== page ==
My father is a refugee. He was forced out of his village and his lush fields in the war of 1974. My maternal grandfather was a refugee. He left his home, his thriving business, and his great fortune in the norther part of the island, since occupied by the Turkish army. They moved to Nicosia, beaten and poor. Until the day he died, my grandfather -fueled by “intel” from his politicians friends but between you and me just out of Heimweh- was longing for his return to his birthplace.
My father silently planted seeds, of hope and resistance.
He would get up when it was still dark outside for the one hour drive to the UN-controlled Buffer Zone. Two fields of his were under UN control and this meant he could still go there. At his sister’s field, he planted lemon trees and we would all go there when they were ripe for the harvest. I remember how afraid I was, whenever I saw the UN soldiers with their guns, asking us what we were doing there.
At his field (only 200 meters from his forbidden village), he enlisted the help of his four children, and together we planted over 150 olive trees. It was a weeks-long endeavour for us, but a life-long project for him. It’s been 30 years, he is now 75 and every week he goes to his olive trees (they now got a few orange trees, fig trees and some pretty flowers as companions) to water, to trim, to plough, to take care of.
It has been almost 50 years since the war, and probably just like my grandfather, my father will leave this life without having turned the key to his house door again.
But by keeping the field alive and thriving, he refuses to give up.
Without realising, I have been keeping up with that lesson. Our ecosystems are collapsing and the chances of averting a catastrophe don’t look any better than the chances of my father returning to his birthplace.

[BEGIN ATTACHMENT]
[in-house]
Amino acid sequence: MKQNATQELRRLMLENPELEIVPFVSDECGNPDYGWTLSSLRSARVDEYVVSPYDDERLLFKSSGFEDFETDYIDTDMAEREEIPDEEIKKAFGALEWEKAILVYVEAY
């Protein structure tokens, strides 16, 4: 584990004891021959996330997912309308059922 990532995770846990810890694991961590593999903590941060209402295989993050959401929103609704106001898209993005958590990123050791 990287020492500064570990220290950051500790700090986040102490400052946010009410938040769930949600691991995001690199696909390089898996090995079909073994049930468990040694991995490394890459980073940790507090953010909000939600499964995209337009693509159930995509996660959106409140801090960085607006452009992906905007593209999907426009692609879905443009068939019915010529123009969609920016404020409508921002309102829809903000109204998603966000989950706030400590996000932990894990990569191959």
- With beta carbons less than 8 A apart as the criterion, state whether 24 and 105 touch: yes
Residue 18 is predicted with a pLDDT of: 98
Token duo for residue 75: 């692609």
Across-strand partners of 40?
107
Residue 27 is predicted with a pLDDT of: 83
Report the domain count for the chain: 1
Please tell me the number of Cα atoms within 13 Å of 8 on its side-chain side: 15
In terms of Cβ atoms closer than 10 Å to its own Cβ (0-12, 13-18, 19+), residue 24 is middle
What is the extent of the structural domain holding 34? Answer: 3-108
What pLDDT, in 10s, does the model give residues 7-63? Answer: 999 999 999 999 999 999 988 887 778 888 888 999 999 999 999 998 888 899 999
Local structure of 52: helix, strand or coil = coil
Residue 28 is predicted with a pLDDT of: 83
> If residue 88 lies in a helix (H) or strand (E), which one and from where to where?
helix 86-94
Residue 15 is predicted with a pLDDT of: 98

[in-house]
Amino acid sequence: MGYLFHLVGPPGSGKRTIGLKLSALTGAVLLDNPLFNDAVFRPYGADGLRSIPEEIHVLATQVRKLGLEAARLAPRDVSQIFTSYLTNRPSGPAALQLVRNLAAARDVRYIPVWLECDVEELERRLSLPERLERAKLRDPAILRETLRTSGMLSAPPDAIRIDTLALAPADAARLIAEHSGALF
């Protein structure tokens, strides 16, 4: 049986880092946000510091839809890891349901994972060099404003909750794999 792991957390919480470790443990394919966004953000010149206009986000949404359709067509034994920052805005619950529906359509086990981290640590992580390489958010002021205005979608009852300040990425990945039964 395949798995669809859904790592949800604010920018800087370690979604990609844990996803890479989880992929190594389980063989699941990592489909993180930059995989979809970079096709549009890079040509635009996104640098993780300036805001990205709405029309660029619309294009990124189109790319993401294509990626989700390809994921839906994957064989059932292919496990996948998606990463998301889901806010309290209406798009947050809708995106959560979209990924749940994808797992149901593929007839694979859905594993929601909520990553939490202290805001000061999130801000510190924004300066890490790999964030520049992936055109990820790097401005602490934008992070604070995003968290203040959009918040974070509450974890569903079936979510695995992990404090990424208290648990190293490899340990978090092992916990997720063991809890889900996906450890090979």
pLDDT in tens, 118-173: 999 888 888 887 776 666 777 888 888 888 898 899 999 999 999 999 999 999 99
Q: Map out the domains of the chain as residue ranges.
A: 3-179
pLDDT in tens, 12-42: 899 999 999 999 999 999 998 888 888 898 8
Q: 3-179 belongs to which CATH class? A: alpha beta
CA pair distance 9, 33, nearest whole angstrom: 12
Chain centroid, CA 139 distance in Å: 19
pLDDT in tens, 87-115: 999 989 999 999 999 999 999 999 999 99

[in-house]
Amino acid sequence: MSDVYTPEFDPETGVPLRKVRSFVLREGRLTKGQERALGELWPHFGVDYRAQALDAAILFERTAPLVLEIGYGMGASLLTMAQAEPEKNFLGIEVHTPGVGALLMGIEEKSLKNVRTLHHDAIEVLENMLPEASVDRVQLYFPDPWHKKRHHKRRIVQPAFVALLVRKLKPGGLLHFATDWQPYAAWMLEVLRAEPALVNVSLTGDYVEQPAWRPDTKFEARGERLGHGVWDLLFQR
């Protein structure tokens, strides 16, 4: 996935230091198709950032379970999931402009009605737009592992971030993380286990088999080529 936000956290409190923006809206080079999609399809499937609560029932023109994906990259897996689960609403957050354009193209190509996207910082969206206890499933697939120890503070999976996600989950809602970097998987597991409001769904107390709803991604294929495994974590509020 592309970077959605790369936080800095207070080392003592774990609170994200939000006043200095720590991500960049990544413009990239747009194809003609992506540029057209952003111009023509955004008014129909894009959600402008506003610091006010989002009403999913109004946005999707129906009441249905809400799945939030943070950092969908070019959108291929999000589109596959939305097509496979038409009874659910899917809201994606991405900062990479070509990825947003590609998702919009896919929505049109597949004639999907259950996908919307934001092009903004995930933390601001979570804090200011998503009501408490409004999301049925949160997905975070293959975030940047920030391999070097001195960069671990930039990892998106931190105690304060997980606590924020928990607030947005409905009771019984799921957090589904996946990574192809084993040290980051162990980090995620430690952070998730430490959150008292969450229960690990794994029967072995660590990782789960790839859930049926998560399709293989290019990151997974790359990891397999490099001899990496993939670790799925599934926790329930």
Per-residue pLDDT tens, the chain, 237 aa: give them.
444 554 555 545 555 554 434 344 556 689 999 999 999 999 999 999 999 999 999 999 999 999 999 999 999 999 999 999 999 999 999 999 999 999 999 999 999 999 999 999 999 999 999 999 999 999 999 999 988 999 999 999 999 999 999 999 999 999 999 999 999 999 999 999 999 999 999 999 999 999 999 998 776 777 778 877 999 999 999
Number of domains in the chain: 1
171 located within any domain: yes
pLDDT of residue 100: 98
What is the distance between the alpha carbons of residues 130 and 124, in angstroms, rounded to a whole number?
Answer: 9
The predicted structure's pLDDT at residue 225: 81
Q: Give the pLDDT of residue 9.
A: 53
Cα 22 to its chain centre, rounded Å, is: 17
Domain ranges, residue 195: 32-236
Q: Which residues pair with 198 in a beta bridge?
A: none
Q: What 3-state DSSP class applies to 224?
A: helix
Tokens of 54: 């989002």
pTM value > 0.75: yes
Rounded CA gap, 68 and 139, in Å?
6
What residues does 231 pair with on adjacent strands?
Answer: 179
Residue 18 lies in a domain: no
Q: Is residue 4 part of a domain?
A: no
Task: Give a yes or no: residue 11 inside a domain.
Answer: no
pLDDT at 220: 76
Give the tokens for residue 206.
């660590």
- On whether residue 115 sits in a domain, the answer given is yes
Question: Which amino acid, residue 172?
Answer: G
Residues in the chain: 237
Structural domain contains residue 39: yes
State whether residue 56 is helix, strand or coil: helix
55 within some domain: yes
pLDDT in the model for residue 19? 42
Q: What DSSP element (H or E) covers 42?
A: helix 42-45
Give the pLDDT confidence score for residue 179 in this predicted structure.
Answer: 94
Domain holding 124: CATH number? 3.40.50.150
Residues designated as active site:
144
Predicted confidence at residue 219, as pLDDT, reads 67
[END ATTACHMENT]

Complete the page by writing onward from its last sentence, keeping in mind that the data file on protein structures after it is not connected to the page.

And yet, I persevere.
Much to the dismay of my neighbours with their perfectly green and mowed lawn, I created several “wild” corners with hedges and deadwood, for hedgehogs to spend the winter. I planted flowers that attract pollinators and let the lawn flower. In the morning, I check that the bowls outside are filled with fresh water for the birds and insects – even for the rat I saw last summer. As a law-abiding citizen, I informed the authorities about the rat, but I gave the little fella a fighting chance. It won’t need to stop for water when it’s running away.
I am growing as much of my own organic food as I can. My first attempt was parsley and tomatoes in the balcony. Each season I get better and learn how to care for my trees and plants and the endless species that depend on them. I don’t plough any longer. Each year I leave one part of my garden fallow while placing organic matter on it to enrich the soil. It’s not productive in the short term, but it’s ensuring there is fertile soil in the future.
And I share. I share seedlings, fruits, vegetables. I share my garden – its shade, its tranquility, its work- with friends. Sharing is caring.
Is what I am doing enough to avert an environmental disaster? No.
Is it needed? Most definitely.
Because, as my father taught me, by keeping the land alive, we keep hope alive.Guest Posts